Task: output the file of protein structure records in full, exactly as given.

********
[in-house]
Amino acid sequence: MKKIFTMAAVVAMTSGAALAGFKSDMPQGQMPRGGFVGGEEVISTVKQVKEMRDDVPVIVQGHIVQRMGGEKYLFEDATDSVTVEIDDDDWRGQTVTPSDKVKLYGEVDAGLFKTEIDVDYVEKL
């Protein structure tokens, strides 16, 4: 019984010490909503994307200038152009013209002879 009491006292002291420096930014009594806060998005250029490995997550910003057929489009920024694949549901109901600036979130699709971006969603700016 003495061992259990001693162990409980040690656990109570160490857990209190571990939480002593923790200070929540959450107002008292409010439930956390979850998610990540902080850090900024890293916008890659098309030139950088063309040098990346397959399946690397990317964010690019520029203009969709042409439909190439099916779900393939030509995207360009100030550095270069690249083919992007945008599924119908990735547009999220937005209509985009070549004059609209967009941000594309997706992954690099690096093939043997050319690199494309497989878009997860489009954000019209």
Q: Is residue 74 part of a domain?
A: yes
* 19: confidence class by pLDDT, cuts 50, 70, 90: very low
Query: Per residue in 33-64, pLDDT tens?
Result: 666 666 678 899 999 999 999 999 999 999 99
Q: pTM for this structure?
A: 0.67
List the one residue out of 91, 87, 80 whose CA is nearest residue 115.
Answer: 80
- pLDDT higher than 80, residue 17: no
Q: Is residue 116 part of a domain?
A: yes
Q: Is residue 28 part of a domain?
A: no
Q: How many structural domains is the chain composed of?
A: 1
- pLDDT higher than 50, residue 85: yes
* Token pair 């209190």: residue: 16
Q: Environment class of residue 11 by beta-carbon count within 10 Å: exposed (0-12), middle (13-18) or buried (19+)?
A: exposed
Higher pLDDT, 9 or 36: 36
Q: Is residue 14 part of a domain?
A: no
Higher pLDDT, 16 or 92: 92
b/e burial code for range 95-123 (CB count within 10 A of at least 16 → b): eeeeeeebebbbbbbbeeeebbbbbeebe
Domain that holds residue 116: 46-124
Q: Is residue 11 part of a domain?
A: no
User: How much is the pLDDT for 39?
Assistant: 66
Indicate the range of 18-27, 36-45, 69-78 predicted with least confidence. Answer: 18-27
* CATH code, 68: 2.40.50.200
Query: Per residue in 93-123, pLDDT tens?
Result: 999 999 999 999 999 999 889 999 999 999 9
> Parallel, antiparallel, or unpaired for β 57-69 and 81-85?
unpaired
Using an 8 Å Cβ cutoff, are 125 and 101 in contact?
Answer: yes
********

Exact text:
[in-house]
Amino acid sequence: MKKIFTMAAVVAMTSGAALAGFKSDMPQGQMPRGGFVGGEEVISTVKQVKEMRDDVPVIVQGHIVQRMGGEKYLFEDATDSVTVEIDDDDWRGQTVTPSDKVKLYGEVDAGLFKTEIDVDYVEKL
């Protein structure tokens, strides 16, 4: 019984010490909503994307200038152009013209002879 009491006292002291420096930014009594806060998005250029490995997550910003057929489009920024694949549901109901600036979130699709971006969603700016 003495061992259990001693162990409980040690656990109570160490857990209190571990939480002593923790200070929540959450107002008292409010439930956390979850998610990540902080850090900024890293916008890659098309030139950088063309040098990346397959399946690397990317964010690019520029203009969709042409439909190439099916779900393939030509995207360009100030550095270069690249083919992007945008599924119908990735547009999220937005209509985009070549004059609209967009941000594309997706992954690099690096093939043997050319690199494309497989878009997860489009954000019209």
Q: Is residue 74 part of a domain?
A: yes
* 19: confidence class by pLDDT, cuts 50, 70, 90: very low
Query: Per residue in 33-64, pLDDT tens?
Result: 666 666 678 899 999 999 999 999 999 999 99
Q: pTM for this structure?
A: 0.67
List the one residue out of 91, 87, 80 whose CA is nearest residue 115.
Answer: 80
- pLDDT higher than 80, residue 17: no
Q: Is residue 116 part of a domain?
A: yes
Q: Is residue 28 part of a domain?
A: no
Q: How many structural domains is the chain composed of?
A: 1
- pLDDT higher than 50, residue 85: yes
* Token pair 């209190």: residue: 16
Q: Environment class of residue 11 by beta-carbon count within 10 Å: exposed (0-12), middle (13-18) or buried (19+)?
A: exposed
Higher pLDDT, 9 or 36: 36
Q: Is residue 14 part of a domain?
A: no
Higher pLDDT, 16 or 92: 92
b/e burial code for range 95-123 (CB count within 10 A of at least 16 → b): eeeeeeebebbbbbbbeeeebbbbbeebe
Domain that holds residue 116: 46-124
Q: Is residue 11 part of a domain?
A: no
User: How much is the pLDDT for 39?
Assistant: 66
Indicate the range of 18-27, 36-45, 69-78 predicted with least confidence. Answer: 18-27
* CATH code, 68: 2.40.50.200
Query: Per residue in 93-123, pLDDT tens?
Result: 999 999 999 999 999 999 889 999 999 999 9
> Parallel, antiparallel, or unpaired for β 57-69 and 81-85?
unpaired
Using an 8 Å Cβ cutoff, are 125 and 101 in contact?
Answer: yes